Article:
One of the most striking uses of the containers at PV14 is the two-story, glass-panelled tower that overlooks and mirrors the shape of the house's long, slim pool, which carries the tower's reflection. The shipping containers have also provided open plan spaces that the product adapts to easily with its structure.
We love that this project has completely embraced the contours and material the containers offer and never tried in any aspect of the design to use them simply as a structure, but as a focal feature at every turn and view.
The property sits comfortably with some of the world’s most prestigious homes, proving that sometimes the rawest, most cost-effective build options and a little bit of imagination can deliver very impressive results.
Exploring how converted containers are providing new solutions
for social housing and property shortage
The chic cities of the United Kingdom have embraced the urban, contemporary lifestyle offered by container conversions. Pop-up-bars, cafes, art exhibition events and product launches are all seeing the benefits of the portable, modular and cost-effective Cor-ten steel product, so why not social housing.
Many councils, architects and developers are agreeing that the time is right for shipping containers to play their part in addressing the housing shortage and homelessness within the UK. Affordability is key when it comes to developing homes that are accessible for people, but as we have seen previously, this certainly does not mean it has to be at the cost of style and comfort.
Container homes do require careful planning and health and safety is paramount. As an ISO accredited supplier of shipping containers, Eldapoint is a trusted partner to developers looking to take advantage and drive new solutions for the UKs population.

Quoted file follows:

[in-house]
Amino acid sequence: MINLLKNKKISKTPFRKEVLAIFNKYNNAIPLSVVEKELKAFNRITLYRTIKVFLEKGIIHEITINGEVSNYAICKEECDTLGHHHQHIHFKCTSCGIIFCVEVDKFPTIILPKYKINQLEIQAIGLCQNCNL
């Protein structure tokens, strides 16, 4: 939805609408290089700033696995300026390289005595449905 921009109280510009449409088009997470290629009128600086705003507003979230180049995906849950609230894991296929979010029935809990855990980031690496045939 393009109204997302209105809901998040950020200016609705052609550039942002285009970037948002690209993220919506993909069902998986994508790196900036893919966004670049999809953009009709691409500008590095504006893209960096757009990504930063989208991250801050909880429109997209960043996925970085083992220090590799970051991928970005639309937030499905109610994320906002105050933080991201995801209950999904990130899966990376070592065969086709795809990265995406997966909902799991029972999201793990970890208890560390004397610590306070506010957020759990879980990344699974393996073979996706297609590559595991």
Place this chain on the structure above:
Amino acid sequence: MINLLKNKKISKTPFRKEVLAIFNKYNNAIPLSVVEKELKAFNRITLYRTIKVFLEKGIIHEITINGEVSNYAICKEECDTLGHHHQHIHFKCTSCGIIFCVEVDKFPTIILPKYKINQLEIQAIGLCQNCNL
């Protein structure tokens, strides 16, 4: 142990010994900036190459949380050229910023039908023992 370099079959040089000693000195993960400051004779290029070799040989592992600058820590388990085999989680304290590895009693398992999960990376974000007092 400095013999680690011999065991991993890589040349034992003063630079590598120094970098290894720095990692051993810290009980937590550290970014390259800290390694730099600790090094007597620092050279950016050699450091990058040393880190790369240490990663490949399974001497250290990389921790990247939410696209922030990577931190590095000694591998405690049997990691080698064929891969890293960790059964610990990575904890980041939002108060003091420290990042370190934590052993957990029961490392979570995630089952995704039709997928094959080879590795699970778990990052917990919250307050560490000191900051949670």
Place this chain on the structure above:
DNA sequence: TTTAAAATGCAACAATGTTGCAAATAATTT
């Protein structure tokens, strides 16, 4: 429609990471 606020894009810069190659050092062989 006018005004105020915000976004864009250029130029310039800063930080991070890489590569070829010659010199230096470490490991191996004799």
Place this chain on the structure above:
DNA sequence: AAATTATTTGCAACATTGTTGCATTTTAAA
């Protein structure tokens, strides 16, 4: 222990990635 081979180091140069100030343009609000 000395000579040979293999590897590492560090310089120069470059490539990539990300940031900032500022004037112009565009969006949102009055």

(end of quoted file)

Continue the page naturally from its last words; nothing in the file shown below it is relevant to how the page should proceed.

An early project using converted shipping containers for social housing was The Wenckehof multi-story container estates in Amsterdam. Originally created for Amsterdam’s Salvation Army and for temporary workers, the estate is now mainly a student complex. Boasting thousands of standard shipping container units, divided into six blocks of five floors. Each shipping container is roughly 28 metres squared.
Two projects that have been met with mixed views are Brighton Housing Trust, working with QED, when they developed 36 studio flats within two blocks, using adapted shipping containers at a town centre site and a similar project delivered with Ealing Council. It has become the first London borough to house homeless people in recycled shipping containers.
Some people have reacted positively to both projects, stating that anything that assists with homelessness in the UK should be welcomed and that these converted shipping containers for homes is really meant as a temporary measure.
Others have said that the quality and look of the project is not fitting with the area, or of a standard suitable for living. Whatever the reactions, the truth is that overall the projects have been successful, affordable and for some, the difference between living on the street or accommodation.
When land area is sparse the units offer a solution due to the traditional way they are stacked within the shipping industry. Quick construction and cost effective, the use of the product has come a long way from the early developments.